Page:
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Las Vegas GP 'worth $1 BILLION' as economic impact of race outlined

Las Vegas GP 'worth $1 BILLION' as economic impact of race outlined

Las Vegas GP 'worth $1 BILLION' as economic impact of race outlined

Las Vegas GP 'worth $1 BILLION' as economic impact of race outlined

Las Vegas Grand Prix CEO Renee Wilm has revealed that an independent economic study has shown that the race is expected to be worth just under $1 billion in visitor spending alone.

The CEO also revealed the first wave of tickets for the inaugural event were sold almost exclusively to Americans ahead of the first Nevada race this November, reports the Las Vegas Review-Journal.

The event, scheduled as the penultimate round of this year's F1 season, will make its debut on the calendar and join Miami and the Circuit of the Americas in hosting a grand prix Stateside.

An economic impact report conducted by Applied Analysis was announced during a preview event at the Las Vegas Convention Center.

The report accounts for $966 million in projected F1 visitor spending and $316 million in event operations and support costs. Around 100,000 spectators are expected to attend on each day, from the first practice on November 16 through the race on November 18.

The famous Las Vegas Strip will make up a large part of the circuit, with cars set to accelerate past the numerous glamorous hotels roadside in what is expected to be a new jewel in the sport's crown.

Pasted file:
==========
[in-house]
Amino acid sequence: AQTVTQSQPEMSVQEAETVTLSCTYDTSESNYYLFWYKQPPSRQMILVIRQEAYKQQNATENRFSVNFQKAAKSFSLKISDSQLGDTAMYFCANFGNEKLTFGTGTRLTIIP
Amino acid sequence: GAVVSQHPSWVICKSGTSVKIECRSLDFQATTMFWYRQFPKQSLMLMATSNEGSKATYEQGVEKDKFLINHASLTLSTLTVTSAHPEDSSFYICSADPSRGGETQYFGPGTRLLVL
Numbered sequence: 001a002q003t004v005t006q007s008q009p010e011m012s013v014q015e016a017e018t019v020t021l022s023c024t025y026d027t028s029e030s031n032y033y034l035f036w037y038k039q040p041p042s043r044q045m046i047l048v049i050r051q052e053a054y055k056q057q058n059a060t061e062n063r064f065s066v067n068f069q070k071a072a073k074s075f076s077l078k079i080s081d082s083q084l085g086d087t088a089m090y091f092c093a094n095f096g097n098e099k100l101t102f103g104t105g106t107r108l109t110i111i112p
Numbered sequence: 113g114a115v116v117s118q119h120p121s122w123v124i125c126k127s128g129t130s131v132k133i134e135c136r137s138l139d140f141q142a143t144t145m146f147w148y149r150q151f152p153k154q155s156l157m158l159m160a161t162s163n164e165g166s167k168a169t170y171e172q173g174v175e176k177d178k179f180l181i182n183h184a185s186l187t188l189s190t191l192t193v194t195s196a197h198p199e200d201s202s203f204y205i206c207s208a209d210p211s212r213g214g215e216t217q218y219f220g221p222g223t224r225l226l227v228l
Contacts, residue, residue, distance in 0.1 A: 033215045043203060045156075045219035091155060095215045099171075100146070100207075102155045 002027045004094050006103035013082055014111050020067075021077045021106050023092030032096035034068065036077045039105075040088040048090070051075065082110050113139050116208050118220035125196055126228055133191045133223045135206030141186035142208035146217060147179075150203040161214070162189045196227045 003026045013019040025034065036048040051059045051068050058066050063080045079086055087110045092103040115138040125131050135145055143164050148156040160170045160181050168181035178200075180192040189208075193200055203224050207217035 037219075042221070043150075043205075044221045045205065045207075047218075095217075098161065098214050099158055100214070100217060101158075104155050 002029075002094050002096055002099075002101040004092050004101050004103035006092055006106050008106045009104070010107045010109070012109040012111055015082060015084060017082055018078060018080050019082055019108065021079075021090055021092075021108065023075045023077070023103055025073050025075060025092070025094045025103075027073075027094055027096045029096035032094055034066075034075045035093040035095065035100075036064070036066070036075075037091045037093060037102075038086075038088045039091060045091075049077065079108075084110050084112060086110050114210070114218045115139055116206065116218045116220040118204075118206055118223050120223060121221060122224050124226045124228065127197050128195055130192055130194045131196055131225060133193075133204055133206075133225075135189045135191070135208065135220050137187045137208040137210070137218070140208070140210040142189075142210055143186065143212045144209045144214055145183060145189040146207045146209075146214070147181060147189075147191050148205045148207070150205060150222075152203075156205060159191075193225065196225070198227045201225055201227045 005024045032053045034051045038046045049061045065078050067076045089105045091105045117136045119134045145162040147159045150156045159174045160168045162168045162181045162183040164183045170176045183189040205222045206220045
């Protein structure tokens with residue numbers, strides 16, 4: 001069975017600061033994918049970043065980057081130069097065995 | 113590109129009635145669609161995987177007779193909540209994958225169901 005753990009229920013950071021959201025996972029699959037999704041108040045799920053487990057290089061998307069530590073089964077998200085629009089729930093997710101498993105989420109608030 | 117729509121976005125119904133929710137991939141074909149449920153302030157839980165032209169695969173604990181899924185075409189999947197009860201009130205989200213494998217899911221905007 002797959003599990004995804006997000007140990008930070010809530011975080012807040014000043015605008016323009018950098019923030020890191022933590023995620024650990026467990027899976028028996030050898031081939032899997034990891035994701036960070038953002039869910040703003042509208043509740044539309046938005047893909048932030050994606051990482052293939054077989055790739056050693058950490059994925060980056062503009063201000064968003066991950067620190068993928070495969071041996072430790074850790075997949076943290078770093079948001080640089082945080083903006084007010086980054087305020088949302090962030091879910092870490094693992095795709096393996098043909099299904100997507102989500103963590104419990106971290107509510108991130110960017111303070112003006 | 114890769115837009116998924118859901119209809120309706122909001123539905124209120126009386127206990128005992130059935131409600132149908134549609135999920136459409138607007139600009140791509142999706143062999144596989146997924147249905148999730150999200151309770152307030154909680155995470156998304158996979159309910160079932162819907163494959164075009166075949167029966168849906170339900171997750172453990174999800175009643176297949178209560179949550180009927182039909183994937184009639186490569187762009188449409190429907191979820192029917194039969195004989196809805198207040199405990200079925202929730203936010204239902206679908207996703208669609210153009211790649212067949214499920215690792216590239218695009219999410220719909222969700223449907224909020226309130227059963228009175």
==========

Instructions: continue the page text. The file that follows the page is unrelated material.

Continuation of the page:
Ticket packages mishap

Ticket packages have been revealed in stages since the event was announced, with one such option - to sit in a grandstand next to the iconic Bellagio fountains along with accommodation in the hotel - providing the cheapest offer of an eye-watering $5300.

But after the first wave of sales, it is understood tickets were largely snapped up by domestic fans, with Wilm, speaking at the Preview Las Vegas event, conceding: “The truth is that we sold out so quickly on the first wave that the European and our Asian fans didn’t even get the chance, due to the time zones, to participate."

Las Vegas reveals disruption plans

A number of infrastructural works will be necessary to host the grand prix, including the installation of barriers around the designated course.

“It will be done in small chunks so that we are trying to mitigate the inconvenience,” Wilm added.

“We understand you guys have businesses to run, visitors to entertain and to provide hospitality to. We know how difficult traffic can be in a town like this.”

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